“We are doing similar to the U.S.,” Strehler says. “The U.S. was early to adopt it just on the agricultural side but not including food waste and that’s a recipe we were pioneering for years here in Canada, especially CH-Four Biogas. Now the U.S. is catching up but it’s still a matter of growth. Canada is a bit stagnant right now, especially in Ontario, which used to be the main market. But now the biggest growth is seen in Alberta and British Columbia and to some extent the Maritimes as well.”
In addition to the general societal malaise in moving towards a more robust renewables solution is the issue of dealing with a number of regulatory bodies that tend to bog the process down even more. It’s a frustration Strehler and his team have had to deal with since starting in the business.
“The U.S. is much more advanced on the regulatory side,” Strehler laments. “They process the whole application much more efficiently than anybody in Canada could dream of; Canada is way behind.”
In Ontario there is the Biogas Association, to which Strehler is on the board of directors with another seven colleagues within the industry. It’s the association, on behalf of the businesses, that handles much of the lobbying to both the provincial and federal governments in an effort to get them to speed up the pace not only with the regulatory bodies but in a more general acceptance of this technology as a mainstream solution to solving waste problems while also providing an excellent source of power that can be used in the public domain. In other provinces such as British Columbia, CH-Four Biogas is effectively on its own when it comes to lobbying on behalf of the merits of the business sector.
“In the U.S. there is the American Biogas Council, to which we are a member,” Strehler tells us.
“By far the biggest issue is the bureaucracy,” Strehler candidly states. “The second largest hurdle, which is still significant, is dealing with the utilities that are local, be it provincial or state. It is often a very lengthy process dealing with the utilities. It’s not always like that; Fortis in B.C. is a shining example of a utility that is very open and receptive, but they are unfortunately the exception.”
A primary goal through research and development at CH-Four Biogas is to make other useful chemicals out of biogas.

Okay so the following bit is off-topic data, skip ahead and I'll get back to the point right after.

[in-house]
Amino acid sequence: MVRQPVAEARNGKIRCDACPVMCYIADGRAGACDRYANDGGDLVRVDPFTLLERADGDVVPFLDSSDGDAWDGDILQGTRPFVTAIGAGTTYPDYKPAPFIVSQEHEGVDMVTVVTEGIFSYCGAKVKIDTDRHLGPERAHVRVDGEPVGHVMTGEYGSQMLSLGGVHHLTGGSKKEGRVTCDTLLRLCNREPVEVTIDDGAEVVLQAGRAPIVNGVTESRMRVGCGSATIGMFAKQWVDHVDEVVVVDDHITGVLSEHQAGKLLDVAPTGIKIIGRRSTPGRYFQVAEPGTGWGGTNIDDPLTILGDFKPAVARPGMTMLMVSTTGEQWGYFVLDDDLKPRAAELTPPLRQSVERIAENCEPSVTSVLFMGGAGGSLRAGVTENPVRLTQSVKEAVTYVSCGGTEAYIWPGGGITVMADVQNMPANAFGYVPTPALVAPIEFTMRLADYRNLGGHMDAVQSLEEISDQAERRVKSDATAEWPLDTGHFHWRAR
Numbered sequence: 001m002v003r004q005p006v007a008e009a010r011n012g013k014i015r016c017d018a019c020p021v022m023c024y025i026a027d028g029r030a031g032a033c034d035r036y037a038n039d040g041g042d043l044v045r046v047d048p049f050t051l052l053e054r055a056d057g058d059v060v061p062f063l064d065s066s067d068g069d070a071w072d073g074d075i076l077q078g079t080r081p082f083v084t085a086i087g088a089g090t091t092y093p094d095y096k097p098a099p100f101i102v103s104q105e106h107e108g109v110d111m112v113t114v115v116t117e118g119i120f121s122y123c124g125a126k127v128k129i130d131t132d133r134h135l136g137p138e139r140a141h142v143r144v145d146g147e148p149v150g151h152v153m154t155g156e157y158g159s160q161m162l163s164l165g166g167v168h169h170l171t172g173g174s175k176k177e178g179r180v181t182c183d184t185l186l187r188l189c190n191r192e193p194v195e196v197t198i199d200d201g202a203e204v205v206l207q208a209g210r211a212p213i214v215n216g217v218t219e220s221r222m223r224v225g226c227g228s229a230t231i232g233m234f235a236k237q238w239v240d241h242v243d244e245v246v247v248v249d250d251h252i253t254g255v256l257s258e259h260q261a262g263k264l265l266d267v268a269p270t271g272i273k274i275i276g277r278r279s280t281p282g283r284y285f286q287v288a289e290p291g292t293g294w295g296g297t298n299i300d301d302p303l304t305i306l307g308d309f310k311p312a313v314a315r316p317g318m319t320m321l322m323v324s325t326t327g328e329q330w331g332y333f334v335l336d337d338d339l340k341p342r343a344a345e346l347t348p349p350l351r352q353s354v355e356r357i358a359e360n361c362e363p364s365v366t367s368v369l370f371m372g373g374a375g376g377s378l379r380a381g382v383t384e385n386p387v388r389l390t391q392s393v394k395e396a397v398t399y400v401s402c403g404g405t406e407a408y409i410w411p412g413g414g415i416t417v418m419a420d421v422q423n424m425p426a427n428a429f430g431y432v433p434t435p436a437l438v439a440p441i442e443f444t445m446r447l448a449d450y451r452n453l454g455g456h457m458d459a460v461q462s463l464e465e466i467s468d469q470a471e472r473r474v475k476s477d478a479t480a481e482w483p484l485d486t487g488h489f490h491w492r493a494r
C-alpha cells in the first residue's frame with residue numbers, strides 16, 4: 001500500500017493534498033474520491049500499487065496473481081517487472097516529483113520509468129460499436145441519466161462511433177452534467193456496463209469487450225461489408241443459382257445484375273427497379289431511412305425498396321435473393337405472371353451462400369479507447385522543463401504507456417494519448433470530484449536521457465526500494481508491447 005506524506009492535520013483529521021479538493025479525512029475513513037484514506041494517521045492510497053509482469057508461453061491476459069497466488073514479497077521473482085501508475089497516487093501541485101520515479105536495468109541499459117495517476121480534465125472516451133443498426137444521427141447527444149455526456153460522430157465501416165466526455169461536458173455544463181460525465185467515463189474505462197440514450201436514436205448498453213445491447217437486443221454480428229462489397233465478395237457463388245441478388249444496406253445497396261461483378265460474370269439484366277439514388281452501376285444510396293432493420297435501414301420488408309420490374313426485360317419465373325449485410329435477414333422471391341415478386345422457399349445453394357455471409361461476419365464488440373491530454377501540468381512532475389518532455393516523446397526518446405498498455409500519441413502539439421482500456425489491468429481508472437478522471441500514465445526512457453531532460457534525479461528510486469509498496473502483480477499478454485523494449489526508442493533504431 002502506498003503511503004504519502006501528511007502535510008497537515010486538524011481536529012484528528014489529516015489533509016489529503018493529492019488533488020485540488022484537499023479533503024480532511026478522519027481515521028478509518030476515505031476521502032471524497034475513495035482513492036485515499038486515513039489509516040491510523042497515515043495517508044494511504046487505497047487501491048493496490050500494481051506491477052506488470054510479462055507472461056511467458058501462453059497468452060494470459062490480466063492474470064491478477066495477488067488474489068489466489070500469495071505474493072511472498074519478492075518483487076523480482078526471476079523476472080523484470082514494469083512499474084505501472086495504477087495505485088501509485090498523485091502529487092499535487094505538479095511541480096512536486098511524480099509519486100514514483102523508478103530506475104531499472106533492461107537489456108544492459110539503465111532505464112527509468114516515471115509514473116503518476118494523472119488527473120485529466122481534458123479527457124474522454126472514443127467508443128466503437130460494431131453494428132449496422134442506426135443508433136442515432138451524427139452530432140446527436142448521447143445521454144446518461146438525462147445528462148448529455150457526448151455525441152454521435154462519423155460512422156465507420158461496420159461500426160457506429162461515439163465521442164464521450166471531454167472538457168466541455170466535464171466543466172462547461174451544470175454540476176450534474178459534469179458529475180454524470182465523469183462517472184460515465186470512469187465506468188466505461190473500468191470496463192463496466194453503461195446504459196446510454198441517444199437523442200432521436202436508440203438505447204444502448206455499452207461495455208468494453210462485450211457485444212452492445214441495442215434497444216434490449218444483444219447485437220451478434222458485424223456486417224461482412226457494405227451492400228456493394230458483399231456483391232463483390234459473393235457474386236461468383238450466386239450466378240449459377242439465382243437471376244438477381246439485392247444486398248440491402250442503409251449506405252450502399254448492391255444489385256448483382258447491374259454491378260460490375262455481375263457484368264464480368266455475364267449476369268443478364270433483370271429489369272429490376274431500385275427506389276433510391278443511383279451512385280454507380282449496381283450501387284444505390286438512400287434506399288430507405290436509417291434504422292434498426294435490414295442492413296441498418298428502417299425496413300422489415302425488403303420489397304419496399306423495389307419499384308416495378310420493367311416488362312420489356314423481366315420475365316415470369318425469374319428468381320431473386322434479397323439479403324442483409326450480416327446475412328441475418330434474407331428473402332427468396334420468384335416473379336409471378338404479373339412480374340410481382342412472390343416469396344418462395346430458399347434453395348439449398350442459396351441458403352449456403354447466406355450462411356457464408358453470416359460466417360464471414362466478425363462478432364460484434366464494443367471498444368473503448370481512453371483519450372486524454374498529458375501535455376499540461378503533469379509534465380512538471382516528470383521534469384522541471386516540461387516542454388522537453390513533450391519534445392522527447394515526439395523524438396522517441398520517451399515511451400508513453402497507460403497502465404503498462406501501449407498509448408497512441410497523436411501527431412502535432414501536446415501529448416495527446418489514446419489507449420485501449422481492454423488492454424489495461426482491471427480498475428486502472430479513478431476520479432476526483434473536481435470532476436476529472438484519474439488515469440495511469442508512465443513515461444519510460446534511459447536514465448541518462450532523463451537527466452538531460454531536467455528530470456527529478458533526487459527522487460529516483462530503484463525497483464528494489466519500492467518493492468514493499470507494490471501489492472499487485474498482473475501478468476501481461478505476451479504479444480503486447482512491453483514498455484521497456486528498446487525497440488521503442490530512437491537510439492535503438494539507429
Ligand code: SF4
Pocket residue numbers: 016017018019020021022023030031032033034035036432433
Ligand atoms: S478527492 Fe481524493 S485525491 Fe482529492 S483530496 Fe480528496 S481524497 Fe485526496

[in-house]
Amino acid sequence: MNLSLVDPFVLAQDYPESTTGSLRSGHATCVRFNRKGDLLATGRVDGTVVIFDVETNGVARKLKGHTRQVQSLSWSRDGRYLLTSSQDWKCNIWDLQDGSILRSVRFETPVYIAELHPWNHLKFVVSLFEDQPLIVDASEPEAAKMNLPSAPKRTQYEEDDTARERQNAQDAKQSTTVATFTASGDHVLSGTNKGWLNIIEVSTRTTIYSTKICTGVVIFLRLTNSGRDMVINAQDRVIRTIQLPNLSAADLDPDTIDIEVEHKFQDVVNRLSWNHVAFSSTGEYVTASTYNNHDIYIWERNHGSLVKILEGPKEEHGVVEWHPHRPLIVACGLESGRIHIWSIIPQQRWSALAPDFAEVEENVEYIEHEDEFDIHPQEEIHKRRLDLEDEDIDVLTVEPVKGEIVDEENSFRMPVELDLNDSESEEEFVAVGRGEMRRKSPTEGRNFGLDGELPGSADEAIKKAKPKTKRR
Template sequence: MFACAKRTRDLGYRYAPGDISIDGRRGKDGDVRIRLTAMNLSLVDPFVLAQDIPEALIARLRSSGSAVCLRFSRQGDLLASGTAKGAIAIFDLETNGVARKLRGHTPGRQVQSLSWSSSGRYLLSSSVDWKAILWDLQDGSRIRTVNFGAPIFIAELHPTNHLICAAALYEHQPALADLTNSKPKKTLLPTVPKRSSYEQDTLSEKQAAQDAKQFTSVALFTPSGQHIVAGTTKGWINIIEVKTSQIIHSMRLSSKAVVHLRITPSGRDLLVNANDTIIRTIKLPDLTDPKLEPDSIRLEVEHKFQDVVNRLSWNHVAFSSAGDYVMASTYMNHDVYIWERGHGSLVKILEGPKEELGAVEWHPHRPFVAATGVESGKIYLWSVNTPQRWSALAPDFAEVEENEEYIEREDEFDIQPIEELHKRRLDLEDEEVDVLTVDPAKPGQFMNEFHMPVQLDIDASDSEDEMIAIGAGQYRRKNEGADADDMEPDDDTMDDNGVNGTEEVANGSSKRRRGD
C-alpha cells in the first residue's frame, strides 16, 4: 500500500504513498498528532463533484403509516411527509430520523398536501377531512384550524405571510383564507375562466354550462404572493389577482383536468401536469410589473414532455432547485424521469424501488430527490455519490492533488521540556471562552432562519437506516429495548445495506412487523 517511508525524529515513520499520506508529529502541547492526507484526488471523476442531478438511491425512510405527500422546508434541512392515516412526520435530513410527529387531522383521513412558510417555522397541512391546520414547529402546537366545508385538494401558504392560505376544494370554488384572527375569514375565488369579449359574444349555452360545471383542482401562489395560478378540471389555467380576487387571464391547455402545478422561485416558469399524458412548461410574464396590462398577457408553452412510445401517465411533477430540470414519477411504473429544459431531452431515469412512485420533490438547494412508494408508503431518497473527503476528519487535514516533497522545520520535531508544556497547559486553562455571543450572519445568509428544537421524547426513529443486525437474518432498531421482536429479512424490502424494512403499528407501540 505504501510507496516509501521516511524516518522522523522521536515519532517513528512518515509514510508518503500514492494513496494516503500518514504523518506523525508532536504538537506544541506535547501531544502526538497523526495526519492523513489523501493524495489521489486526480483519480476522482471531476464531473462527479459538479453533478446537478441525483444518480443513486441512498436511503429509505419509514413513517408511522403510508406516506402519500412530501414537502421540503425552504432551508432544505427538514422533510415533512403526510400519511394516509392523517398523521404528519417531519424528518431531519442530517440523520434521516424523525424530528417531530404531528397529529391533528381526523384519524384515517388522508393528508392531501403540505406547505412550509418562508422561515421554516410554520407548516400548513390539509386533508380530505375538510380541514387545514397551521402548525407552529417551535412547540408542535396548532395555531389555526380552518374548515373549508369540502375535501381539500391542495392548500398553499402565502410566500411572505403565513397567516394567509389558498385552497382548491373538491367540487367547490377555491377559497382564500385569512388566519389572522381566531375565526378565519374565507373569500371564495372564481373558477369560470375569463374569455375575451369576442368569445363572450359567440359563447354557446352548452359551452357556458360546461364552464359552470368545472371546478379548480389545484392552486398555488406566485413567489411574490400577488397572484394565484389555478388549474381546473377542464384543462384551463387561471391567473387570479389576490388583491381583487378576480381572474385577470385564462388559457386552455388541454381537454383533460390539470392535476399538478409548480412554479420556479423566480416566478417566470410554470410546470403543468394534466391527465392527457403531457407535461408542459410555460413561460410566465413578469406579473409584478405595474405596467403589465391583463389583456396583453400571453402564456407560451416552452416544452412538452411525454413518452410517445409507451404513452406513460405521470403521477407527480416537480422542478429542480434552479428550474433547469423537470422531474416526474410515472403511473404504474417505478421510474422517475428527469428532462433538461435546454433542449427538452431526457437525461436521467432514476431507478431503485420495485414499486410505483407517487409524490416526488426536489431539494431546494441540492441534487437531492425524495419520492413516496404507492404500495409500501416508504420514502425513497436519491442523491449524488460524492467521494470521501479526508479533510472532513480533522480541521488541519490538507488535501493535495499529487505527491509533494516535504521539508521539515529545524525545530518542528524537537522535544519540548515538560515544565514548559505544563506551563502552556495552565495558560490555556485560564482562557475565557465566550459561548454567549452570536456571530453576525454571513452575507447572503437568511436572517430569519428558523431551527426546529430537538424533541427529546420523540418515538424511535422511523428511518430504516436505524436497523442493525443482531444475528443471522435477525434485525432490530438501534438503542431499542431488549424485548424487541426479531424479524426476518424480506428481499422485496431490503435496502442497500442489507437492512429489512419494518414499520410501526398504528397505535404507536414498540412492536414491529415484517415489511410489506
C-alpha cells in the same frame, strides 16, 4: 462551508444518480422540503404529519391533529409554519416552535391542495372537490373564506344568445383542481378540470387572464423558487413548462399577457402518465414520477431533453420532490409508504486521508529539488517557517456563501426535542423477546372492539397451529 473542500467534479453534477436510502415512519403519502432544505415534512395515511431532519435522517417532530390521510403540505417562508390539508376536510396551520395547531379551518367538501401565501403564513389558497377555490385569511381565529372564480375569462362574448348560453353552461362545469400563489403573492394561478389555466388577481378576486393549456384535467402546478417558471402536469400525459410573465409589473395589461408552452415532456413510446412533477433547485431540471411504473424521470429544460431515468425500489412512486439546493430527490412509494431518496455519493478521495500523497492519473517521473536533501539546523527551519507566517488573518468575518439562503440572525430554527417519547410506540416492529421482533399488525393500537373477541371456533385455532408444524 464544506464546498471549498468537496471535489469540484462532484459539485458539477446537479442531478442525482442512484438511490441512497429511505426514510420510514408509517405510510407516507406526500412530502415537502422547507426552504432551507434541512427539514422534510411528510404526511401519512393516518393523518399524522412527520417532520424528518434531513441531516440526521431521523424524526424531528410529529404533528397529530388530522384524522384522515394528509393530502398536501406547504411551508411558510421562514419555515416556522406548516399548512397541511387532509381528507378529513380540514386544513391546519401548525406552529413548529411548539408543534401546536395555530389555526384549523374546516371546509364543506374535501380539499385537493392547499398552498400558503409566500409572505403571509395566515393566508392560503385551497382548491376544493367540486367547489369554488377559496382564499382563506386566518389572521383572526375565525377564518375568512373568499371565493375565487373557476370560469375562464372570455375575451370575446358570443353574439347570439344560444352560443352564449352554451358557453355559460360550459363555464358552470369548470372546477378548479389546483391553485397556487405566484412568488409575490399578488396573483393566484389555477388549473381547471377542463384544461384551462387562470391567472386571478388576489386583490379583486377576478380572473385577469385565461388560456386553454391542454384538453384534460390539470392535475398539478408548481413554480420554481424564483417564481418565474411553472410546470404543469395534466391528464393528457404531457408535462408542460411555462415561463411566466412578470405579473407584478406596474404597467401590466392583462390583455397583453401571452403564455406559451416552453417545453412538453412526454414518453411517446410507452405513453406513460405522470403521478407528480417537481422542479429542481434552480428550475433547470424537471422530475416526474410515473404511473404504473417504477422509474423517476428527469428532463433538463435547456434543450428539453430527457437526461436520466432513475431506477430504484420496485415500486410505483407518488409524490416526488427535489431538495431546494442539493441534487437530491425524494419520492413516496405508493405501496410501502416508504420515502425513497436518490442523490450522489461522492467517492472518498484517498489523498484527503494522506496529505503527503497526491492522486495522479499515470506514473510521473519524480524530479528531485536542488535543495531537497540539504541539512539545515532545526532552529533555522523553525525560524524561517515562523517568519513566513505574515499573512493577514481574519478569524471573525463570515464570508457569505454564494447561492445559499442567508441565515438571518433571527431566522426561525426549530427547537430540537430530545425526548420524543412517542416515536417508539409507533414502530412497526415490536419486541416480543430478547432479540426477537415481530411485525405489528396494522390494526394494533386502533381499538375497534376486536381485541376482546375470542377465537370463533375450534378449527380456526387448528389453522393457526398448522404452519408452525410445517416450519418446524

“It’s coming to realization but I’d say the commercial application is still probably another five to 10 years away,” Strehler opines. “On a broad scale we see more petrochemicals being substituted by biochemical products and biogas is definitely a big part of the entire movement.”
Strehler and Werner have a keen vision for where they envision CH-Four Biogas and the industry in the coming years.
“On the technical side, it’s definitely that we create more value out of the digestate as an organic fertilizer and nutrient recovery out of biogas plants,” Strehler replies. We want to take newly developed processes out of the lab and bring them to commercial scale plants, since efficient real scale process engineering is amongst our biggest strengths and we are maintaining close relationships with different universities.”
“Another market of interest is waste water treatment, where energy production so far was a by-product at best,” he continues. “There is a substantial energy efficiency and production potential where we can tap into, bringing our process engineering skills and second generation anaerobic digestion technology to the table. We further intend to run trucks on biogas directly with a fleet of trucks for things like garbage trucks or school buses that will be powered by biogas. That is something I’d like to see over the next two to five years. From a company perspective we definitely want to go stronger in the U.S. as well as Central and South America because we think there is a very strong potential there.